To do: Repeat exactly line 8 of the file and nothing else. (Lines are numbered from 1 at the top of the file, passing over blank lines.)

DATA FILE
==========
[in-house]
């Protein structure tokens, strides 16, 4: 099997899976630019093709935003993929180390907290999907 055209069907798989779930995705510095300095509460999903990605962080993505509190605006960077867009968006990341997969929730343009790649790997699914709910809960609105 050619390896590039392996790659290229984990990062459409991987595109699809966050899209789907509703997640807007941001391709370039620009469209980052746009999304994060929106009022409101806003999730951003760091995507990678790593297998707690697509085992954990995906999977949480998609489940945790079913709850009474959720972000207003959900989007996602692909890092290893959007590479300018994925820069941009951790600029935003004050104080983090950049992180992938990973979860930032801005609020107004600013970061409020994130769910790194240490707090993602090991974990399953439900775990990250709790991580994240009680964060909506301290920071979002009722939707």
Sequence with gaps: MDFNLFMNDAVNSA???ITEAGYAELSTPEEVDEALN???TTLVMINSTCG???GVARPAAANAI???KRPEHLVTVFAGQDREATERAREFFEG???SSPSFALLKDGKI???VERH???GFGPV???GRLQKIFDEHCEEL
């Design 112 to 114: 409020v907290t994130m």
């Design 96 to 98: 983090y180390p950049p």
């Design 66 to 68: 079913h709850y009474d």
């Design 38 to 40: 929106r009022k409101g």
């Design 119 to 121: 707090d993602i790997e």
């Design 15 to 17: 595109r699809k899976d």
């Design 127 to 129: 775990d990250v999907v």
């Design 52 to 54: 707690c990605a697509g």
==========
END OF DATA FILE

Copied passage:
């Design 119 to 121: 707090d993602i790997e």